Story and photos by David Orr
Three consecutive years of drought and failed harvests have left the south of Madagascar facing one of its worst crises of recent times.
An estimated 1.2 million people — two out of three people in the area — are food insecure, not knowing where their next meal will come from, and the number of severely food-insecure people is expected to increase from November.
With domestic food stocks dwindling fast, families are being forced into desperate measures such as begging and selling their clothes, kitchen utensils and even their land. Many are migrating in search of food and work, and four in ten families have already eaten their vital seed stocks, leaving nothing for the November-December planting season.
The World Food Programme’s (WFP)’s Executive Director Ertharin Cousin visited the country in early October.
“The situation is extremely worrying,” she said. “I met women who told me they had nothing to feed their babies except the fruit of the red cactus growing by the roadside.”
As drought deepens the suffering of hundreds of thousands of people in the south of Madagascar, WFP is working to provide a lifeline to people affected, stepping up its assistance to stop more people falling into severe food insecurity.
With adequate funding, and in support of the Madagascar government’s own humanitarian response, WFP will step up its activities from November to reach 1 million people with food and cash assistance.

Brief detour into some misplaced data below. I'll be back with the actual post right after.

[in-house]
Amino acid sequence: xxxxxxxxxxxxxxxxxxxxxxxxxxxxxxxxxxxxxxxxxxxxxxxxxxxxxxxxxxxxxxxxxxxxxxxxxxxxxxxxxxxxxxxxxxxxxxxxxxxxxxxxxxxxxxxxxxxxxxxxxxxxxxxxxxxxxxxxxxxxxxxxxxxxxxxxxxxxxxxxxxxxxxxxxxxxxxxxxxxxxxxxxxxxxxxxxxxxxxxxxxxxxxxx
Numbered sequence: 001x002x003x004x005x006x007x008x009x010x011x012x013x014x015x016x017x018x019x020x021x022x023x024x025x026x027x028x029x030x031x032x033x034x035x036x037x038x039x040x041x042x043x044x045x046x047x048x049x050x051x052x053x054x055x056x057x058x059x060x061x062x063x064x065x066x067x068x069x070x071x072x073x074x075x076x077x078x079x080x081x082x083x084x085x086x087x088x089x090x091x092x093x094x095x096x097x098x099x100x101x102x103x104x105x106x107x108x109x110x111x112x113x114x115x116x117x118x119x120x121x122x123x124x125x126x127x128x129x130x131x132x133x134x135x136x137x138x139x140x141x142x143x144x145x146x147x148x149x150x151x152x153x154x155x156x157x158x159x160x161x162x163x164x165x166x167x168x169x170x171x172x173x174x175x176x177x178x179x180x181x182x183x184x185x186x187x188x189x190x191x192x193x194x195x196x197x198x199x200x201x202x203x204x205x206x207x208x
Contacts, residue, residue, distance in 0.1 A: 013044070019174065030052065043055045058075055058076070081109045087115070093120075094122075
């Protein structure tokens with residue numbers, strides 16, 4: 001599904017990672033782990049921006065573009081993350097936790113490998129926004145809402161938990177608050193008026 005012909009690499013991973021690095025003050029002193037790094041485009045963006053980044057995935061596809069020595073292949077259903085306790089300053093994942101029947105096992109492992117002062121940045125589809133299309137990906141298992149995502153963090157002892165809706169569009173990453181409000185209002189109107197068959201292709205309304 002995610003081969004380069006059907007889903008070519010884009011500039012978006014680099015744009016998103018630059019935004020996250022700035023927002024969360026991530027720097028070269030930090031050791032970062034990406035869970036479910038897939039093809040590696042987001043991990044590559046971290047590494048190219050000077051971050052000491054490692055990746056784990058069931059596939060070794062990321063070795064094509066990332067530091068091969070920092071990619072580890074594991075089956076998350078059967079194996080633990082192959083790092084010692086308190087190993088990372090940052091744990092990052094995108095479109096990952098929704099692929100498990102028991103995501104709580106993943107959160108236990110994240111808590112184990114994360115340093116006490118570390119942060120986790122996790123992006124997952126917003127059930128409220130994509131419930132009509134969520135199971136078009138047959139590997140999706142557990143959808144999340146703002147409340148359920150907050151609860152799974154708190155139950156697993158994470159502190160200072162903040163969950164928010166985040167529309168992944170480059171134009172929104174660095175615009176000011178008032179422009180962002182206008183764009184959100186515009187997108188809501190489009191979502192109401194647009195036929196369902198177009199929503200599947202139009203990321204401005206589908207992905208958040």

Where markets are working, cash transfers are the preferred option for delivering assistance — as they allow people to choose their own food and help to boost the local economy.
WFP is also expanding it nutrition programme to prevent and treat acute malnutrition among more than 200,000 pregnant women, nursing mothers and children under 5. Some southern areas show global acute malnutrition (GAM) rates of above 15 percent — the World Health Organization emergency threshold.
When food is scarce, social safety nets like school meals are vital. WFP is currently providing a daily hot meal to 230,000 primary school children — which represents 42 percent of primary school students in the south.
WFP plans to reach even more children with its school meals programme from early 2017, through working with the Government of Madagascar, UNICEF, the World Bank and other partners.
WFP’s ability to meet the growing needs in southern Madagascar will depend on securing funding.
“This funding will also allow us to invest in people’s livelihoods,” said the Executive Director , “so we don’t just save lives, but change lives, and break the cycle of emergency response.”